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Miami pays tribute to the life of Nelson Mandela

Celebration includes dance, songs and the words of Madiba

D. Kevin McNeir | 12/19/2013, 9 a.m.
Close to 300 people attended a moving but joyous celebration last Thursday night at the Adrienne Arsht Center where they ...

Close to 300 people attended a moving but joyous celebration last Thursday night at the Adrienne Arsht Center where they recalled the numerous contributions of Madiba — the name affectionately used when referring to the South African civil rights activist Nelson Mandela.

The memorial service and celebration was organized by an ad-hoc group of leaders from Miami that included: Dr. Nelson Adams, Gepsie Metellus, H.T. Smith,

Marlon Hill and a host of others. As celebrants entered the auditorium, they were greeted by a larger-than-life painting of Mandela, commissioned by local artist Davel, 27, the owner of Davel Designs. Davel had actually completed the painting before Mandela’s death and had sent an original to him with his hopes that he would recover from his illness. Sadly, the world knows the outcome — Mandela died on Dec. 5th.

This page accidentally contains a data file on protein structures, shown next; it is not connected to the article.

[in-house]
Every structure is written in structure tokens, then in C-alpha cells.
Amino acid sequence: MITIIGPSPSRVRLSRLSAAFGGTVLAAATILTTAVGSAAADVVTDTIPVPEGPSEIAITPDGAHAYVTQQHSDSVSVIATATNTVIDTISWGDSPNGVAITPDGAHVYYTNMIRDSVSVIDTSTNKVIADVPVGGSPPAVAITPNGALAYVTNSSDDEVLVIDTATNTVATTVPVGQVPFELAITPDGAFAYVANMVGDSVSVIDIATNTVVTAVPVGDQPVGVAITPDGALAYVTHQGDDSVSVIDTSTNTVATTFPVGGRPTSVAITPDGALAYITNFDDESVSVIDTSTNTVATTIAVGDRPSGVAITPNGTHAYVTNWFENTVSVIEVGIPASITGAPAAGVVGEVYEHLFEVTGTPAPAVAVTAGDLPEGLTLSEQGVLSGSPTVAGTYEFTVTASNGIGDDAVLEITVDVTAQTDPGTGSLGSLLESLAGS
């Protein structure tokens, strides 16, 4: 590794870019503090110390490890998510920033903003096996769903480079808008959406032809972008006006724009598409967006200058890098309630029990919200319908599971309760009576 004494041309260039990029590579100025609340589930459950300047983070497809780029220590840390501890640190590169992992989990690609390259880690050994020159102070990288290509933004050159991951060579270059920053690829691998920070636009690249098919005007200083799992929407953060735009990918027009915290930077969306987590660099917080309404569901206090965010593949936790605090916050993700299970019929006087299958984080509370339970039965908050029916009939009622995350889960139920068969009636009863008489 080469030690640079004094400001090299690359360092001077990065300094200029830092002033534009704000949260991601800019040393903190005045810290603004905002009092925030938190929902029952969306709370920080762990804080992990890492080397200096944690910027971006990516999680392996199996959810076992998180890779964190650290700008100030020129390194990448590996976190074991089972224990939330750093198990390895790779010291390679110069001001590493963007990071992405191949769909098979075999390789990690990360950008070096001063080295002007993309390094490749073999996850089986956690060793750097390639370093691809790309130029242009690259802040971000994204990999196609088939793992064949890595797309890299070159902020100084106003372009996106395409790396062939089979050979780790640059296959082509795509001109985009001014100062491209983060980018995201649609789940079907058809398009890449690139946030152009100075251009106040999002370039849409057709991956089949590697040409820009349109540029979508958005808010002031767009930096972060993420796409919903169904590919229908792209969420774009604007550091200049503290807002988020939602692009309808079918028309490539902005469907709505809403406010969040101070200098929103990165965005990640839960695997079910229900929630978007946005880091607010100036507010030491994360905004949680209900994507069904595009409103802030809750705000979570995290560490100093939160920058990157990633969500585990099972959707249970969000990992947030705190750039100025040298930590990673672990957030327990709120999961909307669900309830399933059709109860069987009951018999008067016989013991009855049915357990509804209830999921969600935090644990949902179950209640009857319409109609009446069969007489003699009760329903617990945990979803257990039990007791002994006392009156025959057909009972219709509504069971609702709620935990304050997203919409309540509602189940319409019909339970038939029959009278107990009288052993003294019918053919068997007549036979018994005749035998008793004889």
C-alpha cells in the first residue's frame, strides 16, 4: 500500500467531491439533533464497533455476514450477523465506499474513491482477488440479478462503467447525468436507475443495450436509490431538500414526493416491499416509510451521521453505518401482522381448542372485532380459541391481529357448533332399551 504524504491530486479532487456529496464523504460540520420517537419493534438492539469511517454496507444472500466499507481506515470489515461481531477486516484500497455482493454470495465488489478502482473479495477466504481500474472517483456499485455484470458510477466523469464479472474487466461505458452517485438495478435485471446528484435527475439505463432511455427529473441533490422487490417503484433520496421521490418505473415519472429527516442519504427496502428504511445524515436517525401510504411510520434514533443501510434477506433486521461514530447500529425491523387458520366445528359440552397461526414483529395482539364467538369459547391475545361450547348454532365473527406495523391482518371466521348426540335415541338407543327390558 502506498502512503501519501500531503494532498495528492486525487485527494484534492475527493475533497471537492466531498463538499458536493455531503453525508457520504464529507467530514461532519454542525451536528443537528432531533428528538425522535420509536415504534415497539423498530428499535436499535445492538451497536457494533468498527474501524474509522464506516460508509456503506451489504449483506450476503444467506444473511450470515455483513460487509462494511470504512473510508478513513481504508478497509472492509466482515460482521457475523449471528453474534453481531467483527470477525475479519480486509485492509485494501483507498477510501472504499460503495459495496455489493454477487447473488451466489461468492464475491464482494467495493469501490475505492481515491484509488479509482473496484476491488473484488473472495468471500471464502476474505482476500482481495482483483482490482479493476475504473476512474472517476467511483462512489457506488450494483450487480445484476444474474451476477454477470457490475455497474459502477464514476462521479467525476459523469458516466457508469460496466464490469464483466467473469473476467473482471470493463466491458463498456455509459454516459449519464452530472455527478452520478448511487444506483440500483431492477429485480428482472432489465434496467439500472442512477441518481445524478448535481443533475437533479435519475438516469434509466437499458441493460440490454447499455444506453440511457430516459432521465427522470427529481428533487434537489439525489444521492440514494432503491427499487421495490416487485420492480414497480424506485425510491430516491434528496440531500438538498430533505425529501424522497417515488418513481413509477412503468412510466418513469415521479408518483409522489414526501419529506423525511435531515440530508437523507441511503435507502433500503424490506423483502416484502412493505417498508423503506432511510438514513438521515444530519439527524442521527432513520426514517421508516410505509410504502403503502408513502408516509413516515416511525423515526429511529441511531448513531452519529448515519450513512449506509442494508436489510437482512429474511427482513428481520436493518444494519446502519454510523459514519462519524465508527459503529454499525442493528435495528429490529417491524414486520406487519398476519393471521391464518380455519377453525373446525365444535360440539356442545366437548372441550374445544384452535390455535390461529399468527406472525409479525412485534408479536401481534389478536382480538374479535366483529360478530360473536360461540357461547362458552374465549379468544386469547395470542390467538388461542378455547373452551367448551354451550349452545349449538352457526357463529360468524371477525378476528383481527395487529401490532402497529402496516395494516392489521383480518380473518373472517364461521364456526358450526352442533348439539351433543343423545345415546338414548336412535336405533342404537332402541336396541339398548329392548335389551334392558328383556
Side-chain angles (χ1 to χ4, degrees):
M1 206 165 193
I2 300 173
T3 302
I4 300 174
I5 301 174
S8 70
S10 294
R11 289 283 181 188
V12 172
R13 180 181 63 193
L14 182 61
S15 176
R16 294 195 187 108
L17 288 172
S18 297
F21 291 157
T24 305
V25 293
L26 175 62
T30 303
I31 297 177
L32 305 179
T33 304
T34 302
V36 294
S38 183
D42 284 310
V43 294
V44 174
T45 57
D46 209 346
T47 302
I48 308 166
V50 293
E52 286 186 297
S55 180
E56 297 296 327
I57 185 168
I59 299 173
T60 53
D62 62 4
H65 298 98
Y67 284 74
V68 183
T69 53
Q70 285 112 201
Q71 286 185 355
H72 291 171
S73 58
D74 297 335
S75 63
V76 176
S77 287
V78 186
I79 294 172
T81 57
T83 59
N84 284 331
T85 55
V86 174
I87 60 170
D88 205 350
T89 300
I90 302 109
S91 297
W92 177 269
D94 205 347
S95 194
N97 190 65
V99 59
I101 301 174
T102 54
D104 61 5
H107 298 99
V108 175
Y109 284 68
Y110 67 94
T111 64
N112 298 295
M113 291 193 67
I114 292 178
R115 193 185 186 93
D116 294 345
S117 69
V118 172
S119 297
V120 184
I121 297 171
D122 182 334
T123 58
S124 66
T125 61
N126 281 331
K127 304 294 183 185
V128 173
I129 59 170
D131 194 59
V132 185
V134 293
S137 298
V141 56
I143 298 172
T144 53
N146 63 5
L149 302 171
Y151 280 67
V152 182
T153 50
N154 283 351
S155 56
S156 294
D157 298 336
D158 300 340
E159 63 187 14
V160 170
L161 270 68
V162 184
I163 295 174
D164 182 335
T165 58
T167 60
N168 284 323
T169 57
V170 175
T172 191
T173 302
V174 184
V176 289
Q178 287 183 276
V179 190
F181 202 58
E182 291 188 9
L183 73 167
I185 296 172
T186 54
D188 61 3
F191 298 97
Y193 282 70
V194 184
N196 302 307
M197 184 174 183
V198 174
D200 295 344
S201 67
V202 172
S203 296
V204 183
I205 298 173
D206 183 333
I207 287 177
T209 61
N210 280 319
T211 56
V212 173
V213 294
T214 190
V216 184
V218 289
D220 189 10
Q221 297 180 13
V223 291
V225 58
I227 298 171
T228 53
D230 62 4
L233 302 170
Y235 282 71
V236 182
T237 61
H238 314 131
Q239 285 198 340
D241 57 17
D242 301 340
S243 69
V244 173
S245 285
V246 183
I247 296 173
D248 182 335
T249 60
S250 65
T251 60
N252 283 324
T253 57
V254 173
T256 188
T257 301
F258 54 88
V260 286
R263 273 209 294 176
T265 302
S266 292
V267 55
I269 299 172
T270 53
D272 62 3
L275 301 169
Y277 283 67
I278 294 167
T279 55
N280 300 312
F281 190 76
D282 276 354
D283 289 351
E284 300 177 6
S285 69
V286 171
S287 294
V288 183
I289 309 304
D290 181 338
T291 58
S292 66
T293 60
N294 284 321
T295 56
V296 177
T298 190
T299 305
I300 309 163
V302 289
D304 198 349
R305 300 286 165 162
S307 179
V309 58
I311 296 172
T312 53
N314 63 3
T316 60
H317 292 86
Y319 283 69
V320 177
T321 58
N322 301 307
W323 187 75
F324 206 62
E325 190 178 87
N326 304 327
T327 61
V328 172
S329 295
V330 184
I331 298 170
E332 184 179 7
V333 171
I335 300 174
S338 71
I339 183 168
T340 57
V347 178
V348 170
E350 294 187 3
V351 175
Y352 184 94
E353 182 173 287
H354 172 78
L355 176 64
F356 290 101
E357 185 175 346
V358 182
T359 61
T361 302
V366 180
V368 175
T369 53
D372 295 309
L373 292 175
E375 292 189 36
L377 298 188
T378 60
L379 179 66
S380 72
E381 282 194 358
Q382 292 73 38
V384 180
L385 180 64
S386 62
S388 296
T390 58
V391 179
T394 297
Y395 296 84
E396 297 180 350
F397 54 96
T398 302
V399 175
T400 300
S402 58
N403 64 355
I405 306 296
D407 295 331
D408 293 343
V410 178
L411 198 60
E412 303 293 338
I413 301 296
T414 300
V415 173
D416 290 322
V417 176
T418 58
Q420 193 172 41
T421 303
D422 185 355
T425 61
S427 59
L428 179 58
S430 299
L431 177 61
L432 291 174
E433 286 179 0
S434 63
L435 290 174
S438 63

But the program was not about death but rather focused on life as the history and contributions of the South African former president were lauded through speeches once given by Mandela, musical selections from local singers, the SIGN Quartet, and the internationally-acclaimed steel drum player and vocalist Leon “Foster” Thomas, prayers from area ministers that came together in the spirit of ecumenism and the spirited dance of Miami’s own Delou Africa.

Dr. Walter T. Richardson, chair of the Miami-Dade Community Relations Board and pastor emeritus, Sweet Home Missionary Baptist Church in Perrine, offered a prayer that spoke to the humility of Mandela.

“At the height of our holiday seasons, we are gathered to celebrate one of God’s choicest gifts to humanity,” he said. “Whether we be Jews, Muslims, Hindus, Buddhists, Christians or other expressions of faith, we recognize the gift of Nelson Mandela.”

Miami-Dade County Commissioner Jean Monestime said “his [Mandela’s] imprint on South Africa and the rest of the world will be felt for generations to come . . . Now he has taken his reserved place in eternity next to his maker.”